Germany has over 400 universities and universities of applied sciences (UAS). Almost 70,000 engineers and over 67,000 mathematicians and natural scientists graduated in 2011, with tendency to rise.
Through a combination of on- and off-the-job training in Germany’s so-called dual education system, hiring and training costs are reduced (especially for skilled craftsmen and technicians) and recruitment risks minimized. Vocational colleges closely cooperate with 470,000 companies in Germany, ensuring that education always meets specific industry needs.
Highly flexible working practices such as fixed-term contracts, shift systems, and 24/7 operating permits contribute to enhance Germany’s international competitiveness as a suitable investment location for internationally active businesses.
Germany is known for very stable labor costs. Wages have risen in most European countries (EU-27) since 2007, with the growth rate averaging 2.50 percent. While some countries - particularly those in Eastern Europe - experienced a rise of more than five percent, Germany recorded one of the lowest labor cost growth within the EU at just 2.16 percent. This has been another decisive argument in favor of Germany as a premium business location.
Wages are generally subject to individual negotiation in Germany. It must be noted that a general minimum wage of EUR 9.19 an hour applies. Please refer to our Terms of Employment chapter for more information.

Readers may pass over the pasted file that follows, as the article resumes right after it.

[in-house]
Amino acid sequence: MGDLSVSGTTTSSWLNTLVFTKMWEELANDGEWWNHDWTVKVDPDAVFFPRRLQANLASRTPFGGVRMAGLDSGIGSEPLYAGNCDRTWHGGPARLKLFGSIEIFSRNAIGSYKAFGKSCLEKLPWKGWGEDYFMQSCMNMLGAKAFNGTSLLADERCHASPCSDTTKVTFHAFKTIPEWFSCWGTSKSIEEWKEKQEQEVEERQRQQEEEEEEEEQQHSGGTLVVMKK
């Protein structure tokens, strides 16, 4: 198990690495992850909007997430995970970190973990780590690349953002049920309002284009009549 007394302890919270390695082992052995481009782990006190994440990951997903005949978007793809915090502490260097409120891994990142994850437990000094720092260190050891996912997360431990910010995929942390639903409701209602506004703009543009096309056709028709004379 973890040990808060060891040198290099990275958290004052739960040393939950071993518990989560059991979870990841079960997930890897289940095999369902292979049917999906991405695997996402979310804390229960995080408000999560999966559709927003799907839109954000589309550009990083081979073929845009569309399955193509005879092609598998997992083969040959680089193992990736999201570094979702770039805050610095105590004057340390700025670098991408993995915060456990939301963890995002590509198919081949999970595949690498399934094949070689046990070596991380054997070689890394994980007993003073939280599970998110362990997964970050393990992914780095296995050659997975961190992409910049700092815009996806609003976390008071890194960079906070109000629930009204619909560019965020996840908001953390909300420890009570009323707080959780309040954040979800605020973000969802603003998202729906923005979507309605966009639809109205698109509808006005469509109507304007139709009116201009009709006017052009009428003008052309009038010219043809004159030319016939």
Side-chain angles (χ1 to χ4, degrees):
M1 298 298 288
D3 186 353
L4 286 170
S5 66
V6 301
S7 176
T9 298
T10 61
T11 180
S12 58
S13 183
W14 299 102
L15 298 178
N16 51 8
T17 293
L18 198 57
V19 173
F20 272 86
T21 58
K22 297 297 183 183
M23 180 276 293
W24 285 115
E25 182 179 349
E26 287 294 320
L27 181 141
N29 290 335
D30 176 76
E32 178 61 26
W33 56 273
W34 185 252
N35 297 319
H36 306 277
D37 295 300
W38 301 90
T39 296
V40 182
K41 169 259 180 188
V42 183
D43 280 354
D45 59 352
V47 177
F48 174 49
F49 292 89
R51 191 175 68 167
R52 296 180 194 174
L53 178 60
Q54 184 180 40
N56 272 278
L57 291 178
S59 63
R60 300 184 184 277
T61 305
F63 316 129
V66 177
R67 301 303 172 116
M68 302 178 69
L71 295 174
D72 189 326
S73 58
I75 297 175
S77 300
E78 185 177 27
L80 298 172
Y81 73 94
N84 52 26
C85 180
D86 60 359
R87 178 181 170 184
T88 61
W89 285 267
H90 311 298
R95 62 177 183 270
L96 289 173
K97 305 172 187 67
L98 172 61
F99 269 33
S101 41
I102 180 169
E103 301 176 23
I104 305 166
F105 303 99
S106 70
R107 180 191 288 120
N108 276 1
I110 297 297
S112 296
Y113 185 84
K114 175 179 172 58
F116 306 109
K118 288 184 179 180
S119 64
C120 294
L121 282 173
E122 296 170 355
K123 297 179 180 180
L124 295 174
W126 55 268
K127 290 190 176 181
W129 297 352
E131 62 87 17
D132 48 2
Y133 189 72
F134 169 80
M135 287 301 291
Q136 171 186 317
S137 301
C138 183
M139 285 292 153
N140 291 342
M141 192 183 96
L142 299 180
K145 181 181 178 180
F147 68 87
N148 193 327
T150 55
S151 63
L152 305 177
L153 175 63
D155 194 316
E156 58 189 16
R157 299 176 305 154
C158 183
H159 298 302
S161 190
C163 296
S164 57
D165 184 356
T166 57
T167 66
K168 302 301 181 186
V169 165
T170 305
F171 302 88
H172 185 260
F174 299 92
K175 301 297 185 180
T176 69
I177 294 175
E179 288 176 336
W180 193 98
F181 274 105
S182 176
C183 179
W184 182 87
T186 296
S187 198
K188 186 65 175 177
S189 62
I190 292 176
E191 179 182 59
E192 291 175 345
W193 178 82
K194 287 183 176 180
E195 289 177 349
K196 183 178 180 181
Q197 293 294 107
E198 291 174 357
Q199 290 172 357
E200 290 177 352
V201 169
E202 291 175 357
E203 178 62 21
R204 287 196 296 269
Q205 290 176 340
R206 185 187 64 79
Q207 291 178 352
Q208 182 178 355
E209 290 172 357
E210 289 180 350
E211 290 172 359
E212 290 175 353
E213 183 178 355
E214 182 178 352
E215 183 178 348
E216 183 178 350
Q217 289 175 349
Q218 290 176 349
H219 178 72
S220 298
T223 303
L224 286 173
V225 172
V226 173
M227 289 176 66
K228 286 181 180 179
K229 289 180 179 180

Excellent Workforce - Growth of Labor Costs in Manufacturing (2007-2016, yr. average growth in %) | © Eurostat 2017
Measured in unit labor costs, Germany experienced an increase in productivity over the past decade. In contrast to a lot of other European countries, Germany's unit labor costs only increased slightly by 1.28 percent for the period 2005 to 2016. This made the economy very competitive - particularly manufacturing.
Companies are supported in various ways during their search for suitable employees. The Federal Employment Agency (Bundesagentur für Arbeit) offers professional recruitment services free of charge. It is represented in the municipalities throughout Germany with its job centers.
There are also numerous private providers of recruitment services. These companies normally charge the hiring company a fee of no more than two gross monthly salaries of the employee that they procure.
In addition, companies seeking new personnel usually advertise open positions in newspapers, journals, company websites, or on internet job market websites. Ads for specialists and highly qualified staff are usually placed in national newspapers and professional journals, whereas ads for skilled workers or low-qualification jobs normally appear in local papers.
A wide range of labor-related incentives programs supports the development of a company's pool of employees offering qualification and training measures for new employees. In addition to this, under certain conditions, companies can also be supported by wage subsidies.
Labor-related incentives programs are carried out and adjusted by the local job centers according to investor needs. Please refer to our incentives chapter for more information.